imageAuthor and theologian, David B Marshall writes in Christ the Tao in a posting entitled, The "Shrouded" Sign: Can Thomas de Wesselow explain the Rez?

Skeptic theories about Jesus, C. S. Lewis noted more than half a century ago, tend to succeed one another with "the restless fertility of bewilderment."  Indeed, while the idea that Jesus was, say, a "copy-cat savior" like Osiris or Mithras were old hat already in his day, even Lewis might be surprised to hear some of the wilder recent theories, such as that Jesus was a "hippy in an age of Augustan yuppies," a rip-off from his beloved Iliad, or just a fictional excuse for people to inject hallucinogenic mushrooms. 

No, we have not quite reached the end of this road, yet.  The ingenious, we still have with us.  A Cambridge-trained art historian has just come out with a new one, tracing the rise of Christianity back to the Shroud of Turin.   Jesus’ followers took him down from the cross, his wounds were printed (don’t know how, yet) on his burial cloth, and the resulting image launched the whole Christian myth!  Judging by the introduction, this is not the most poorly-written or weakly-imagined "Christ of Doubt" yet to have been conceived. Certainly, this Thomas De Wesselow fellow has wit and smarts, has read a bunch of books (but already, it seems, not nearly enough), and has that impregnably cool Enlightenment "Tude" down double kosher.

Who knows?  Maybe De Wesselow will be the one who finally strikes paydirt, and the Christian church will have to pack up its tent and use its spare crosses as stakes to hang laundry lines from by mid-summer! 

Or maybe, yet again, the evangelists and the facts they report will find a way to outwit their oh-so-scientific, Ivy-League, Oxbridge-educated critics, once again. 
Let’s see how be does, section by section, sometimes chapter by chapter. 

Chapter One: The Resurrection
A. The first chapter of the book gives promise both of an interesting read, from a man who has read widely and writes punchy prose, but also suggestions that the boxer may be fighting out of his weight class.  Let’s begin our review with five of the former. 

[ . . . ]

In the "Acts of the Apostles," the legendary history of the early Church contained in the New Testament . . . the book of Acts is not a particularly reliable source. (4)
In fact, historians have found that Acts is brimming over with 1st Century names, titles, places, and events that have been confirmed from other sources.  Witherington and Blomberg are among those who have documented this fact. 

[ . . . ]

Paul nowhere shows the slightest interest in the life and career of Jesus.
An exagerration. Quite a few details about Jesus’ life and teachings can, in fact, be found in the writings of Paul.  Anyway, as Richard Burridge shows, ancient biography often concentrated on the climactic events in a person’s life, as the Gospels do.  Paul seems familiar with some of that earlier material, and his moral teaching follows it fairly closely.  But of course the death and resurrection of one’s teacher do rather concentrate the mind.  

[ . . . ]

Tertullian, a contemporary Christian apologist, disarmed such rational objections  (as Celsus calling the Resurrection ‘nauseating and impossible’) by simply asserting, ‘the fact is certain, because it is impossible.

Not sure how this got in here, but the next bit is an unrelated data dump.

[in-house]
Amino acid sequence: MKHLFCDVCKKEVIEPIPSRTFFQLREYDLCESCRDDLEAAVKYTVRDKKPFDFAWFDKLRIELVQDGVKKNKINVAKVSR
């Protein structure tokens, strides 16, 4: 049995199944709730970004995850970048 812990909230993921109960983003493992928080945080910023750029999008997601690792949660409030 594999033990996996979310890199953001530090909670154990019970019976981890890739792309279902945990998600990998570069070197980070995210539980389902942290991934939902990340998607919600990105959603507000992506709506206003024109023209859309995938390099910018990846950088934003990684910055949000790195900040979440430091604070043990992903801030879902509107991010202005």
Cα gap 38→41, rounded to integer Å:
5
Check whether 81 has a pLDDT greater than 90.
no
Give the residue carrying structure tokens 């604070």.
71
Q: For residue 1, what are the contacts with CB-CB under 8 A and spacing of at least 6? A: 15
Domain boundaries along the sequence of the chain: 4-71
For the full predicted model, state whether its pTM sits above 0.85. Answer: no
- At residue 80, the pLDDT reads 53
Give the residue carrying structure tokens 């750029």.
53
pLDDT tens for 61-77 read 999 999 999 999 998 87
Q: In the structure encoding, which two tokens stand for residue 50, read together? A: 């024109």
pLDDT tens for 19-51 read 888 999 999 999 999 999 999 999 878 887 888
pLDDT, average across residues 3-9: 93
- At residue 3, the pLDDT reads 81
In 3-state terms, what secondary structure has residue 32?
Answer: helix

This misquote of Tertullian ought to be retired into the Skeptical Hall of Fame by now.  In Dawkins’ Delusion, McGrath shows how Dawkins abuses the very same quote.  My readers will have likely come across other instances of this miscitation.  

[ . . . ]

The sea of faith gradually swamped the empire, and the spirit of rational inquiry was washed away.

Oh, baloney.  A discredited version of Western intellectual history, another cheap shot that suggests DW is going to rely on a lot of stale old cliches in lieu of real historical research, at critical junctures. 

As even Richard Carrier admits, science had been ebbing for several centuries by the time Christianity was first tolerated.  In many ways, Augustine represented the last and perhaps greatest flowering of the intellectual power of Antiquity.  What put an end to Ancient Rome, though, was not this alleged "swamp" of Christian faith, but an intellectual decline that began even before the time of Christ, gradual demographic implosion of the sort that Italy and Japan face today (combined with immigration), but which  Christianity partly reversed, too little and too late, and then waves of armed invaders from the north. 

Blaming it all on Christianity is a taudry and hackneyed old ploy, that does not work anymore. 

The weightiest recent work on the founding event of Christianity is a spirited defense of the traditional doctrine by an Anglican bishop, Tom Wright, who makes hay out of the ongoing failure of the secularists to come up with a convincing story of their own. (10)

I agree that Wright’s book is good.  But why identify him merely as an "Anglican bishop?"  Philosopher Raymond Martin says his historical methodology is far and away the best among NT scholars.  Marcus Borg also rates him as the best British scholar of the NT.  Wouldn’t it be more relevant to mention his scholarly credentials? 

So already, one notes troubling signs that DW may be over his head when it comes to ancient Christianity.  One admires him for his boldness in stepping into this ring, even if he comes to the heavy-weight championship looking for a welter-weight opponent.
As an art historian, though, his discussion of the Shroud of Turin might be especially enlightening.  He was speaking mostly on this subject this afternoon, on the Michael Medved show, and made some interesting points.  That is the subject of chapter two.

Read the whole review. It picks Thomas de Wesselow’s book apart. And there is more to come from Marshall, apparently.